Generally, it may take two years to reestablish your credit, three if you have surrendered your house and trying to buy one. You will have to work on rebuilding your credit. When you weigh the benefits of the discharge with the inability to get credit, I have found that discharge of debts which results in the elimination of the legal obligation to repay the debts has always prove beneficial for most households that are able to garner disposable income gradually as they no longer have to borrow from one creditor to pay the other and in turn don’t struggle to pay bills at the end of the month.
Finally, it is generally agreed that bankruptcy does not carry the same stigma that it once did. Nearly everyone knows someone who has filed for bankruptcy relief.
How long will the bankruptcy stay on my credit report?
Up to ten years, but bad credit stays on your credit report seven years from each report of activity (repossession, judgment, charge off, etc.) or late payment (past due 30, 60, 90, 120, etc). In other words, the seven years keeps starting over and over again every time something negative is reported.
What will my credit report look like after I receive a discharge?
After you receive your discharge, you should get a copy of your credit report. Compare your credit report to the creditors who are listed in your bankruptcy lawsuit. Make sure that each creditor has listed his/her debt as “discharged under bankruptcy protection,” or words to that same effect. If the debt is still listed as delinquent, in collection, or charged off, you will need to contact the creditor. Make a copy of your bankruptcy Petition, Schedules D, E, and F, and your discharge, and mail them with a cover letter to the Credit Bureau. While the bureau may report you having the account at one time, the balance should be zero on the report to the creditor, if you discharged it in under bankruptcy.
Can I lose my job or be demoted because of the bankruptcy?
An employer may not discriminate against any employee who is a debtor in a bankruptcy case. Nor can an employer terminate the individual’s employment if such treatment is based solely upon the debtor’s filing of bankruptcy. This is the black letter law. If your employer is going to fire you because you filed for bankruptcy then he/she will not directly tell you that and will look for other excuses to avoid a lawsuit. It is best not to advertise you filed and received a discharge unless of course a creditor is calling you or your employer trying to collect on the discharged debt, in which case you will need to see us about a suit against the creditor.
Will I be able to get student loan?
The Bankruptcy Code provides that you may not be discriminated against when applying for student loans. Although I have read that the student loan authority has a procedure that they do not lend money to debtors immediately after the discharge. In chapter 13 you are not allowed to incur debt without getting court permission. Most judges are going to prohibit you from incurring debt unless it is for transportation or some other necessary situation. Finishing your education may be considered necessary under certain circumstances. Thus, it is not wise to file a chapter 13 in Houston, Texas when financing your education through a student loan. A chapter 7 bankruptcy would be the better route and you may have to get a co-signer on the loan. Many lawyers will cite the bankruptcy code and tell you not to worry about it. It is true that a statute trumps the student loan authority procedure, but other courts have held that student loan authority can deny approval on the loan at the time of writing this page. I am aware of one bankruptcy case in the Houston division where loan was disapproved and did not follow that approach and the court awarded damages to the student who was refused financing by the student loan authority.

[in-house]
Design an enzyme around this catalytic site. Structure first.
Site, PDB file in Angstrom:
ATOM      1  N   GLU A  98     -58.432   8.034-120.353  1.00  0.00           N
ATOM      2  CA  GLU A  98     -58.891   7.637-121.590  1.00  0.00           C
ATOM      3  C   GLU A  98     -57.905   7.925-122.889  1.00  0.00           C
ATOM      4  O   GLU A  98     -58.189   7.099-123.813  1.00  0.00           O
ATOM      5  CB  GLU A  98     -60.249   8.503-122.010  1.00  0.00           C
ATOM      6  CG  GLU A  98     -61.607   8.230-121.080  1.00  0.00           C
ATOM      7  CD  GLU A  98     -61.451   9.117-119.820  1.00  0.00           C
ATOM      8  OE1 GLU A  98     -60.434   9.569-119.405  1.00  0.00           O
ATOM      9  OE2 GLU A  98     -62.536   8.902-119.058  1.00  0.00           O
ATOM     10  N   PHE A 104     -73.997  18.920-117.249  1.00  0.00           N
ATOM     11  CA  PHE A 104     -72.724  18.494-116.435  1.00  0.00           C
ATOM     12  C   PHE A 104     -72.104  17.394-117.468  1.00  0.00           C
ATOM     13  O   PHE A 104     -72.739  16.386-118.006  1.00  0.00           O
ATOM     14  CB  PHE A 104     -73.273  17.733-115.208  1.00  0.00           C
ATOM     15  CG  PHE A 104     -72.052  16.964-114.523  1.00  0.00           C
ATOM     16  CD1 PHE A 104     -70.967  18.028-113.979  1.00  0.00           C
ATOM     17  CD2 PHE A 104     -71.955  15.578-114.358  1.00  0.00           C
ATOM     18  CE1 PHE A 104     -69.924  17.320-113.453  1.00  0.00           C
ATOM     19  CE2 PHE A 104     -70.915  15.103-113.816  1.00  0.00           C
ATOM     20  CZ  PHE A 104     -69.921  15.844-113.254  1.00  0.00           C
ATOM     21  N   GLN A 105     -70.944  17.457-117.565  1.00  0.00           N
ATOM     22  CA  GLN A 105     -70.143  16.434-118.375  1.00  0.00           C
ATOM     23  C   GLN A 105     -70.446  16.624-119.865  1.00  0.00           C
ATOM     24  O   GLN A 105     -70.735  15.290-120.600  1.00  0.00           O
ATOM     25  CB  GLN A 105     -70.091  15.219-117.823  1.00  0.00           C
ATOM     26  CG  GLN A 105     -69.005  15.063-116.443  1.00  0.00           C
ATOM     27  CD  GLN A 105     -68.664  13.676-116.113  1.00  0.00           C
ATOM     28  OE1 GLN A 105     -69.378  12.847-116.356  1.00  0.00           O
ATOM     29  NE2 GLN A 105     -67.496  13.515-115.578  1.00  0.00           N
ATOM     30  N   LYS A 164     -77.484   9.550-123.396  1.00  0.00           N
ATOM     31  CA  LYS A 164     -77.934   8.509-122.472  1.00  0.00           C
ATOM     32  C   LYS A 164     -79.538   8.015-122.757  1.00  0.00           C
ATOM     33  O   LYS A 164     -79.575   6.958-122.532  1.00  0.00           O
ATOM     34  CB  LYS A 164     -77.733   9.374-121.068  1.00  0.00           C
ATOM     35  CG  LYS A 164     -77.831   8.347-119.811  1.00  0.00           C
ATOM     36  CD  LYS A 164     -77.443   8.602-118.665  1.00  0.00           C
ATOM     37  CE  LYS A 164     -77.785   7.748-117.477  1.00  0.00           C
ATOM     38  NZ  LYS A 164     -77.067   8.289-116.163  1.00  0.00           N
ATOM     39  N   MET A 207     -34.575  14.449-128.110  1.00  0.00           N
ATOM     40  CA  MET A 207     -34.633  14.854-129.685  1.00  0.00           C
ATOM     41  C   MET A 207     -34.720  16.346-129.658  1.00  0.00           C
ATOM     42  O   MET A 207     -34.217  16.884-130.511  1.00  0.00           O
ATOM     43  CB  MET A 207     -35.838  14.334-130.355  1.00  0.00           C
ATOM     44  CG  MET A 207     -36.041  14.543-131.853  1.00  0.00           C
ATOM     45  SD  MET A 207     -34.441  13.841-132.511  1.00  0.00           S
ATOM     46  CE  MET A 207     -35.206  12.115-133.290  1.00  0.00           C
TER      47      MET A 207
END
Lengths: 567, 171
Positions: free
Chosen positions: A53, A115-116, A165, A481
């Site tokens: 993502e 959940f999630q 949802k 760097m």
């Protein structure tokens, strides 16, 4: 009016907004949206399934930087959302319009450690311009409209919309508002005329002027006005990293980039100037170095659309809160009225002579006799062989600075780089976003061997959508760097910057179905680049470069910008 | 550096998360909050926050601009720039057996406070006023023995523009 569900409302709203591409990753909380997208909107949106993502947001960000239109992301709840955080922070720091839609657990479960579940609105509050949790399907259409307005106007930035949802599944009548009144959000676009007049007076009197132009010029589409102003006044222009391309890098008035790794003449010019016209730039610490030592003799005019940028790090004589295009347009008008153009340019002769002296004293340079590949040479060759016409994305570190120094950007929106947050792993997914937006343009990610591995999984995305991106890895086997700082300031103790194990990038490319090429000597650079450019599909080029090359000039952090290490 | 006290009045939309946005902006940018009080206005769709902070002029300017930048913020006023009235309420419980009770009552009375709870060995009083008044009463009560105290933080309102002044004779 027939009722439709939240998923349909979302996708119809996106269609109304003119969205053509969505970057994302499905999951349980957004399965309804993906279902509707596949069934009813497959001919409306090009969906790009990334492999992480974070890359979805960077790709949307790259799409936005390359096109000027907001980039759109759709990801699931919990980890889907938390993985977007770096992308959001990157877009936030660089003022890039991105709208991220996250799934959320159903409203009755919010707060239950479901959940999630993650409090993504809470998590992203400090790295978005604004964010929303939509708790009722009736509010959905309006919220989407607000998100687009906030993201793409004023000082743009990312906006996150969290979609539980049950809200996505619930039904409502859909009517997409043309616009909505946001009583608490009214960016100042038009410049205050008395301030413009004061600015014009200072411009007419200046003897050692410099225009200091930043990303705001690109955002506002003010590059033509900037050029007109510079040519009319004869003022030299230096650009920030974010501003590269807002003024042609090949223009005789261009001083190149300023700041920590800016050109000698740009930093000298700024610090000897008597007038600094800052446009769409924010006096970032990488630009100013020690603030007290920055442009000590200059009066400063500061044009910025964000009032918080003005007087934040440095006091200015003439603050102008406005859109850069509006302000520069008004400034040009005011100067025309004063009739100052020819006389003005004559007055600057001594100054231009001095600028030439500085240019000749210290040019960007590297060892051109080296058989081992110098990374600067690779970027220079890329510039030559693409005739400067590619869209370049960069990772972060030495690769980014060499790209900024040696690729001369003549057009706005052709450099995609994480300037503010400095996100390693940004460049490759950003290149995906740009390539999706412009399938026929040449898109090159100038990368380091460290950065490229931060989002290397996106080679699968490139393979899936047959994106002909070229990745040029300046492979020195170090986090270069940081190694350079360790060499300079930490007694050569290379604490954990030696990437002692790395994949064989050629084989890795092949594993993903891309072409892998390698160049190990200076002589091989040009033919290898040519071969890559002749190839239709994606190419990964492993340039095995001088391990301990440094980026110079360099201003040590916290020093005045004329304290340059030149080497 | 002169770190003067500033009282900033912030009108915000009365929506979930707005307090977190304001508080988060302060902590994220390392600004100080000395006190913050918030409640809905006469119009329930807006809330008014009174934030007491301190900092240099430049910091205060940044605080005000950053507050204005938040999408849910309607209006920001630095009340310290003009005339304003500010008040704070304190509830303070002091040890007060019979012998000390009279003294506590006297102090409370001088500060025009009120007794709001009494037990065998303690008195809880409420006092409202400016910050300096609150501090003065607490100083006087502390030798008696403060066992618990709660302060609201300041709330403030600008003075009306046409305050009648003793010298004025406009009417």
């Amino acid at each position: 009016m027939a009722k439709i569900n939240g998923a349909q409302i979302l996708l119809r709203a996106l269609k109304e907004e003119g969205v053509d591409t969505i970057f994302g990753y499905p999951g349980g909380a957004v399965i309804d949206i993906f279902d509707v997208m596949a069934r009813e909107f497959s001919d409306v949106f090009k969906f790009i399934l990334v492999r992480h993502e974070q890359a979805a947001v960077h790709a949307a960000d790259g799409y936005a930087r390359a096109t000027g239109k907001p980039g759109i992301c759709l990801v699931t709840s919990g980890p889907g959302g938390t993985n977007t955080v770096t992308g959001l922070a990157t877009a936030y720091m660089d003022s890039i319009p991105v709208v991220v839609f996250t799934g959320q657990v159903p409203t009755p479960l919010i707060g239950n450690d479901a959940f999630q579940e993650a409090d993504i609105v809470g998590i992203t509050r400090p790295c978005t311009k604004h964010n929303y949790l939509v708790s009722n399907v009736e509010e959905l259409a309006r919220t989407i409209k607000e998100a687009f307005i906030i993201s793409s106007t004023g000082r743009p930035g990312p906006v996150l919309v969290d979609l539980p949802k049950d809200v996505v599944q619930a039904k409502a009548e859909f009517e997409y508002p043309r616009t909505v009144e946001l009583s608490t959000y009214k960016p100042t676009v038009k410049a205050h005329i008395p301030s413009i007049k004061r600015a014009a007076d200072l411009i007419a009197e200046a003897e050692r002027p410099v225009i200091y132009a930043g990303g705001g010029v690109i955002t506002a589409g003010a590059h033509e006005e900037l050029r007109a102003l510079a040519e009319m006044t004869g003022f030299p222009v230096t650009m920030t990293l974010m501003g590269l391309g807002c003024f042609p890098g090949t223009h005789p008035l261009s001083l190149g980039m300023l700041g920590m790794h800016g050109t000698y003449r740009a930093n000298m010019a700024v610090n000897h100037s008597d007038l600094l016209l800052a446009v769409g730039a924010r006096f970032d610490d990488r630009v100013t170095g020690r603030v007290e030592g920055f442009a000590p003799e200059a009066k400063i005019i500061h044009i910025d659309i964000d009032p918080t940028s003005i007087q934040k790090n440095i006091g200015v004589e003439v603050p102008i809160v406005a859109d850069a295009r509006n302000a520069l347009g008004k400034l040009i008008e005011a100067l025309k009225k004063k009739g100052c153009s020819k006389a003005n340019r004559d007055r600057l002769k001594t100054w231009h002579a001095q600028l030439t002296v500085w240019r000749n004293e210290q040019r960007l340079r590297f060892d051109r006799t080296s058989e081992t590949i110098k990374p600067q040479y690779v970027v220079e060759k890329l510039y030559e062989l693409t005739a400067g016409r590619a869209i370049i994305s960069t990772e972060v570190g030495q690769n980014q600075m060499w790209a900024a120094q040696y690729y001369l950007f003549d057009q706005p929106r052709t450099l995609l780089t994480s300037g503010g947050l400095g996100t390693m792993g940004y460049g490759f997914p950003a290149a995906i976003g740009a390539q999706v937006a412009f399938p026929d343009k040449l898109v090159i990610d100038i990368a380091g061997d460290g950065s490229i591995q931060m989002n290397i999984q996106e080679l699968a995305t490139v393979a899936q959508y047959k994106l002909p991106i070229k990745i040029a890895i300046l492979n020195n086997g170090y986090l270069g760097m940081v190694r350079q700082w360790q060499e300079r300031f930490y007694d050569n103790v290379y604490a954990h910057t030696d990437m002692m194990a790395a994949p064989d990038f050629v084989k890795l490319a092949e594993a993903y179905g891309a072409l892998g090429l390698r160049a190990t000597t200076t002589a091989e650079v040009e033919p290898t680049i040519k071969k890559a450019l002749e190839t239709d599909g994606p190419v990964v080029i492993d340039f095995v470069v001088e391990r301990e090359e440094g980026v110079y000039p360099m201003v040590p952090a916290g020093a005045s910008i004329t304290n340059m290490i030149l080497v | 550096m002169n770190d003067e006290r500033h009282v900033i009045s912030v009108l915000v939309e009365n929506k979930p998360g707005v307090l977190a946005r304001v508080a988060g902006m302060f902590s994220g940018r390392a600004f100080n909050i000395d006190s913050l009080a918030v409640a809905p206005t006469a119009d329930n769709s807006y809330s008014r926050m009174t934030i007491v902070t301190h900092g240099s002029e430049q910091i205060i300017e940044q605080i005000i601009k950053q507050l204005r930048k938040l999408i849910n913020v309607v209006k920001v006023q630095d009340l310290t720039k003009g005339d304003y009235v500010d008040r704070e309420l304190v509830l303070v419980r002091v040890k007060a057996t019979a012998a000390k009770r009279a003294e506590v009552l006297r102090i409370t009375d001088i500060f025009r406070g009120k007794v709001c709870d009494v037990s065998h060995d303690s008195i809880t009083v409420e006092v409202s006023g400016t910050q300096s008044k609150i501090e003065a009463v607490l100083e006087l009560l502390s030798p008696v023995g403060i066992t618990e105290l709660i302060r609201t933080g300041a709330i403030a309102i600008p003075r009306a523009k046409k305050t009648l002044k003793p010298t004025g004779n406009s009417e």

Beginning October 17, 2005 about 20% of debtors in chapter 7 or Chapter 13 Bankruptcy will be required to submit the means test.
Being subject to the means test does not mean you cannot file for chapter 13 bankruptcy. It means that there are more forms for you to fill out and that you may not be able to file a chapter 7 bankruptcy. If you do not qualify for chapter 7 because of high income, please consider chapter 13 bankruptcy as an alternative to private consolidation. Our section on Chapter 13 bankruptcy v. Private Consolation details the benefits of Chapter 13. For Further information on the means test I encourage you to visit the U.S. Trustee website at www.usdoj.gov/ust
To summarize the means test, if your household income is below a certain threshold, then you pass the means test. I have a Texas Standard Median Income Level Guide here. If you would like to check for your own means test, then you are welcome to use https://www.bestcase.com/cmicalc/.
If you are above this threshold then we will have to look much more closely at your case to see if we can file a chapter 7 for you. If you are above the median income and you fail the means test then a Chapter 13 bankruptcy is an option you may still have. In a chapter 13 bankruptcy, if you are above the median income then the commitment period is automatically 5 years. Certain household expenses are determined pursuant to I.R.S. standards. Other expenses you will get the actual monthly expense instead of the I.R.S. allowance. Most of the times, you can stop interest and penalties on unsecured debt. You will pay a percentage of your unsecured debt which may be as little as a penny on the dollar or as high as a dollar for dollar.
This is the case in all chapter 13 bankruptcies whether or not you submit to the means test. Chapter 13 bankruptcy is way out for those debtors who are above the means test & have a large amount of unsecured debt such that they aren’t eligible for filing under Chapter 7. If the debtor then decides to file Chapter 13 then the commitment period is five years and some of your expenses which may have been reasonable will no longer be allowed.